Hydrogen has been the technology companies and governments around the world look at as the most feasible replacement energy source for fossil-fuels in the future economy. Capacity has been increasing exponentially over the last couple of years.
Hydrogen demand rose from 20 million tons in 1980 to 90 million tons in 2020. The market is expected to grow from 90 million tons in end-use in 2020 to more than 200 million tons in 2030 and between 500 – 900 million tons in 2050. We think those estimates are understated.
As the industry is still in its infancy and is expected to reach large-scale deployment around the world, there is an opportunity to ensure the enormous investments in hydrogen projects worldwide deliver the emissions reduction benefits they are intended for.
Digging into the science of hydrogen, the gas has been known to produce energy when burned and release no harmful emissions as by-products, just water vapor. However, it is also known that hydrogen has a climate-warming potential when released directly into the atmosphere.
It contributes to climate change by increasing the amounts of other greenhouse gases such as methane, ozone and water vapor which results in indirect warming. One of the main problems of the industry is minimizing and preventing hydrogen leakages. As the molecule is small and difficult to contain, it can easily leak into the atmosphere.
As the UK government has released its UK Hydrogen Strategy in 2021 that pushes for 10GW of clean hydrogen production capacity by 2030, a UK Government study was published in April 2022 that determines the hydrogen’s Global Warming Potential (GWP).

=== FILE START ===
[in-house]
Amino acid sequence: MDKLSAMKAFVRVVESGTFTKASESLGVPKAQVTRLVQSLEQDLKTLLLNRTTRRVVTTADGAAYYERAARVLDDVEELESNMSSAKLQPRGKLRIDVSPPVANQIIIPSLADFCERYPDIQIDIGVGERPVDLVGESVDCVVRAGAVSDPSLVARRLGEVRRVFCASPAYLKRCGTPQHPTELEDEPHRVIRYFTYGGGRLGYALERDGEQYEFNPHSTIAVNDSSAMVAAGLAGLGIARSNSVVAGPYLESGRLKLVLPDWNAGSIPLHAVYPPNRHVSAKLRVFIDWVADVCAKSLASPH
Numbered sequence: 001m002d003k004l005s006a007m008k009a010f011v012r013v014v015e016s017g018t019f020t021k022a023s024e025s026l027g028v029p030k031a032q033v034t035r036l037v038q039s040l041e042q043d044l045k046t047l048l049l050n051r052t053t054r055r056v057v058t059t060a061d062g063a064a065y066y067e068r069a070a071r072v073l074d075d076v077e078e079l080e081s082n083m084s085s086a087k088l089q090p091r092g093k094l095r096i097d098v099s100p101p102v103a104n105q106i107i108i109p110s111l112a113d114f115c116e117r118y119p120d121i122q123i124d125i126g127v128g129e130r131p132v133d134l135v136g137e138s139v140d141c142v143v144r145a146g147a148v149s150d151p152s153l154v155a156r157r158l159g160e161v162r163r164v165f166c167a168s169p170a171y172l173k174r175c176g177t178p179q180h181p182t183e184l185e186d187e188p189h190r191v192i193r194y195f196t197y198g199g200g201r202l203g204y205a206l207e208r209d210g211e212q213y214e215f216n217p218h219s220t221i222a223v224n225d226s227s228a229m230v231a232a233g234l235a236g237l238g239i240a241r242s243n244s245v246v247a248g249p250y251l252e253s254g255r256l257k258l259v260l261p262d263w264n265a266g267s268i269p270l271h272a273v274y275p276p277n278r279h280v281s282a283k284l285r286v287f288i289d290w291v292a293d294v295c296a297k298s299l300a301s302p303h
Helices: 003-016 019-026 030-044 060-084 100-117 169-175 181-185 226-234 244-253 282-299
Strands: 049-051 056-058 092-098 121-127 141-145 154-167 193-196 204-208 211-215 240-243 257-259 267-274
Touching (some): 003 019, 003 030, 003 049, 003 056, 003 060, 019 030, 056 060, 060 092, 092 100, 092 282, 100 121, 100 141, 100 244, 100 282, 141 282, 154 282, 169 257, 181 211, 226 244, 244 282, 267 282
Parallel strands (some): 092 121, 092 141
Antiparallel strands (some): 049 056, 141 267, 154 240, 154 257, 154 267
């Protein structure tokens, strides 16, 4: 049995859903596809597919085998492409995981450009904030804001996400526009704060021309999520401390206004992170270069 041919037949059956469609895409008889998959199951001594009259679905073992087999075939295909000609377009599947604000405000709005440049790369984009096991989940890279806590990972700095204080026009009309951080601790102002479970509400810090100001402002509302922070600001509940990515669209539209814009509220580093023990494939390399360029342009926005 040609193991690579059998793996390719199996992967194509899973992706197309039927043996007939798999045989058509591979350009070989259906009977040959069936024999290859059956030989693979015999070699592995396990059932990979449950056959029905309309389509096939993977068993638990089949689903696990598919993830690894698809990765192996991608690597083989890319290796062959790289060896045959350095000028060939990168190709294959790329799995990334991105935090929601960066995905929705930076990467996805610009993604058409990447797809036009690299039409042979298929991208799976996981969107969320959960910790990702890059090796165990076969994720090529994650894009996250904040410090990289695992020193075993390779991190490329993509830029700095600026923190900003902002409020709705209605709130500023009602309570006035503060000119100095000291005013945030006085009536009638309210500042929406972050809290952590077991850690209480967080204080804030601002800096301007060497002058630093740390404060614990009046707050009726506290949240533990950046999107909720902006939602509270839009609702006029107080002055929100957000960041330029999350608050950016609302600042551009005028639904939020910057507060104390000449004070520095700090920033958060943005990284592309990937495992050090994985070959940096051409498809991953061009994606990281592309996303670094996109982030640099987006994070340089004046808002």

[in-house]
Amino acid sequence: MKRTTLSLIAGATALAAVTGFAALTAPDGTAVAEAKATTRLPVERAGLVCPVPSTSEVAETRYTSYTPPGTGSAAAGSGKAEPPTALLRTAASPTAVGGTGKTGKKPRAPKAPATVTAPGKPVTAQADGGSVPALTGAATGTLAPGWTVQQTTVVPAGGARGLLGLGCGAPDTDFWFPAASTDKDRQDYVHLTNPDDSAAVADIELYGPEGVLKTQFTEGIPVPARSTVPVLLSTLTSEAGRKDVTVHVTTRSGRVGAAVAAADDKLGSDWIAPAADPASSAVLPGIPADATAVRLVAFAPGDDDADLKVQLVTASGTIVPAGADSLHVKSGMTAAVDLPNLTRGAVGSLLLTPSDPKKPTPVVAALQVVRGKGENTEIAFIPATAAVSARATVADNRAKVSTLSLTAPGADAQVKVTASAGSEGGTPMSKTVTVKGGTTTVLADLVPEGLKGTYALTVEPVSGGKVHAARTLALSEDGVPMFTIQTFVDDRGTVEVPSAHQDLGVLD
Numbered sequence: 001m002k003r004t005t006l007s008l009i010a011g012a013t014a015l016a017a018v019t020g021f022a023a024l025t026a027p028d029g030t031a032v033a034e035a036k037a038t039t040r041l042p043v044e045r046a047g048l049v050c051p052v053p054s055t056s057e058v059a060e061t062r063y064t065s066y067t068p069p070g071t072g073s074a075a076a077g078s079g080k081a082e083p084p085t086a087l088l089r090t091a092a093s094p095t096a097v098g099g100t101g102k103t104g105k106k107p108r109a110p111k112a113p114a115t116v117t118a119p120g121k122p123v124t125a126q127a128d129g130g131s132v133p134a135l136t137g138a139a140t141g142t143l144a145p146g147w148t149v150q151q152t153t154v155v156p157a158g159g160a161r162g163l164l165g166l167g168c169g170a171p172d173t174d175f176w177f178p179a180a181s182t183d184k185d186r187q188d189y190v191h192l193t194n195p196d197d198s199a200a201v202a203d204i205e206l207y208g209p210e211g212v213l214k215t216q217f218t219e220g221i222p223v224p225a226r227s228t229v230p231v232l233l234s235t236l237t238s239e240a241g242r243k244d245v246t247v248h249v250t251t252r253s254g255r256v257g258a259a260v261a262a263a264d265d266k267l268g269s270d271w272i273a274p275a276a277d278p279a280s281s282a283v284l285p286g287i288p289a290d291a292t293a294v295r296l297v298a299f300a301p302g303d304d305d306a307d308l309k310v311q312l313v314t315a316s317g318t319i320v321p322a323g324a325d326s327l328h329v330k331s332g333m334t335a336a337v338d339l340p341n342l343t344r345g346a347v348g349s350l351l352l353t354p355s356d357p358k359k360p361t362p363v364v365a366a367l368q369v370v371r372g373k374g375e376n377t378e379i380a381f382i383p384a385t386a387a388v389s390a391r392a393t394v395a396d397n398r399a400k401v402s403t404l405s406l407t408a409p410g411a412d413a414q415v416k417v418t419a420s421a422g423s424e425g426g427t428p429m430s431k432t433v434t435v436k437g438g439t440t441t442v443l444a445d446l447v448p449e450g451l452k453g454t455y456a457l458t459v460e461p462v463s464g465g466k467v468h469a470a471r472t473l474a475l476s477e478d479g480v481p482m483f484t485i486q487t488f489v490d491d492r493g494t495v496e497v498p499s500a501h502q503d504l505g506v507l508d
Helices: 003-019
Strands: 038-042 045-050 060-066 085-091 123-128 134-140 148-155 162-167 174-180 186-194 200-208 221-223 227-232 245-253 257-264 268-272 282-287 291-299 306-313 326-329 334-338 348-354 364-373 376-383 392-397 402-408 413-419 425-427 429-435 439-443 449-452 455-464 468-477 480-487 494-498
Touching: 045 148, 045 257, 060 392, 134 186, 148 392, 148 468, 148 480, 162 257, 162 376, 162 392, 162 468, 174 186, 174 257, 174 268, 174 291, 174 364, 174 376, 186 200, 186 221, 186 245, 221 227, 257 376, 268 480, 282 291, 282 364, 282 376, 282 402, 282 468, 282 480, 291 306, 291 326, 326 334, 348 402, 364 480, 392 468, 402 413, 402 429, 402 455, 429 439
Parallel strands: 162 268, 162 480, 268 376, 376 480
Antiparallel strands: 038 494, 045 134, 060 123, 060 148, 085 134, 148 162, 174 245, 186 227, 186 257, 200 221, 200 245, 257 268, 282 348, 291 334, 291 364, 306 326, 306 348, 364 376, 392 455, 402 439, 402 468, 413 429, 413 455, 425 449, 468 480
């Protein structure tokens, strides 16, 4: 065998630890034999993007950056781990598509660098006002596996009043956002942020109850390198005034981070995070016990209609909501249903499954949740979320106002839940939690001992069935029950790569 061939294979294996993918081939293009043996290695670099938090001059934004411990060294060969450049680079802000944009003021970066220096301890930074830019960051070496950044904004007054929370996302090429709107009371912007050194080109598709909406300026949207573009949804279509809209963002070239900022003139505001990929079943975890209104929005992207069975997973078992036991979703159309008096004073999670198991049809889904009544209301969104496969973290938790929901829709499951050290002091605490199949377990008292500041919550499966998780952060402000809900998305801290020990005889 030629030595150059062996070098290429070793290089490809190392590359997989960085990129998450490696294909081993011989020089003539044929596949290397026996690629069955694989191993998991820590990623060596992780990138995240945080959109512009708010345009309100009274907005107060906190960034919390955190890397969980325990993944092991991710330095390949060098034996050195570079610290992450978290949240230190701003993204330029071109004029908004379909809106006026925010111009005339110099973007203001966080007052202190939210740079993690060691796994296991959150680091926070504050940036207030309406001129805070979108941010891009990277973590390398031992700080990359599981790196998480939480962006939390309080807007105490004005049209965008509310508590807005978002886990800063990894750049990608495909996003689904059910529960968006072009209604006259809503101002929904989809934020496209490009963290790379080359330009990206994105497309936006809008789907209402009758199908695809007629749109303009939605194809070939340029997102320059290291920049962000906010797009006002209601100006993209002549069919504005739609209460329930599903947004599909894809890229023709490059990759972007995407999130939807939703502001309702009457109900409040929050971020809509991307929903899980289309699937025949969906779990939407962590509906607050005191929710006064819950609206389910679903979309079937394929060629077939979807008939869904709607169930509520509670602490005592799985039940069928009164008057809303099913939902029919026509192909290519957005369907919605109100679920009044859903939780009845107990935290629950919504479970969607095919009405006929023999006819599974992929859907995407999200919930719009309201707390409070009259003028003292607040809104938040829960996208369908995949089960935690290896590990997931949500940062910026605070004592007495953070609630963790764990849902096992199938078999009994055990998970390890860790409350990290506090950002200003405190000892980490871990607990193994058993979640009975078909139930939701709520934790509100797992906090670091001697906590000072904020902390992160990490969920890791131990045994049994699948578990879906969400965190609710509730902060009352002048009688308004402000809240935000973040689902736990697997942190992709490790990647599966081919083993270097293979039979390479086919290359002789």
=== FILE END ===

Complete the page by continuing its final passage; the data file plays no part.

The estimates show it is about twice as bad as previously understood. Over a 100-year time period, a tonne of hydrogen in the atmosphere will warm the Earth 11 times more than a tonne of CO2.
Other studies have also looked at the short-term effect of hydrogen leaks and show that over five years, the warming power from a pulse of hydrogen relative to CO2 is 20 times higher.
An estimate of the impact from continuous rather than pulse emissions – which are more representative of the real world, calls that hydrogen is 100X more potent than CO2 emissions over a 10-year period.
The good news is that none of that matters as research shows even with high leakage, the warming effect 100 years after the economy switches to hydrogen would be 80% lower.
Still, in hydrogen-intensive scenarios which means 50% or more of final energy demand is supplied by hydrogen, with high leak rates, it could contribute a tenth of a degree Celsius of warming in 2050.
As the short-term warming effect of hydrogen leaks is high, it makes sense for the industry to try and minimize them as much as possible to ensure the positive climate change mitigation impact.
Some of the measures that can be taken include conducting more research on hydrogen’s warming effects relative to other greenhouse gases and developing models that can increase confidence in the impacts hydrogen deployment would have on global temperatures at varying leakage rates.
As widespread deployment of hydrogen hasn’t been done so far, much research that accurately measures leakages hasn’t been needed.
Other measures that could be taken are including the likelihood of leakage and its impacts on decisions about where and how to deploy hydrogen. Production in close proximity to where it will be used would be preferable as the farther hydrogen travels between production and end-use the greater the potential for leaks.
Hydrogen is considered a holy grail of the future of energy due to its high energy density and green property of releasing no greenhouse gasses when burned. Therefore, extensive research needs to be done further into the technology, especially leakages to secure a smoother energy transition pathway.